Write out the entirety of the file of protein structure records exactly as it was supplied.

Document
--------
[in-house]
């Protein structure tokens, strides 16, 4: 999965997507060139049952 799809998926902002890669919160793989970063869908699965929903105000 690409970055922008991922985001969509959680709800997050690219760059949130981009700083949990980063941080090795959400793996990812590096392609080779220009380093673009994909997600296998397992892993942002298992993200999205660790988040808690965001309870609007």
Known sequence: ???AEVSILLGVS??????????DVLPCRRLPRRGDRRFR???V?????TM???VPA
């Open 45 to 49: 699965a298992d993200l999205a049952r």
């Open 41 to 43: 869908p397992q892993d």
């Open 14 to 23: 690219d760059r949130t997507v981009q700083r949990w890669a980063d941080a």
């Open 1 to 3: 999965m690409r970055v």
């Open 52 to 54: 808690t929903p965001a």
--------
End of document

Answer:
[in-house]
């Protein structure tokens, strides 16, 4: 999965997507060139049952 799809998926902002890669919160793989970063869908699965929903105000 690409970055922008991922985001969509959680709800997050690219760059949130981009700083949990980063941080090795959400793996990812590096392609080779220009380093673009994909997600296998397992892993942002298992993200999205660790988040808690965001309870609007």
Known sequence: ???AEVSILLGVS??????????DVLPCRRLPRRGDRRFR???V?????TM???VPA
């Open 45 to 49: 699965a298992d993200l999205a049952r």
């Open 41 to 43: 869908p397992q892993d």
């Open 14 to 23: 690219d760059r949130t997507v981009q700083r949990w890669a980063d941080a």
């Open 1 to 3: 999965m690409r970055v």
């Open 52 to 54: 808690t929903p965001a």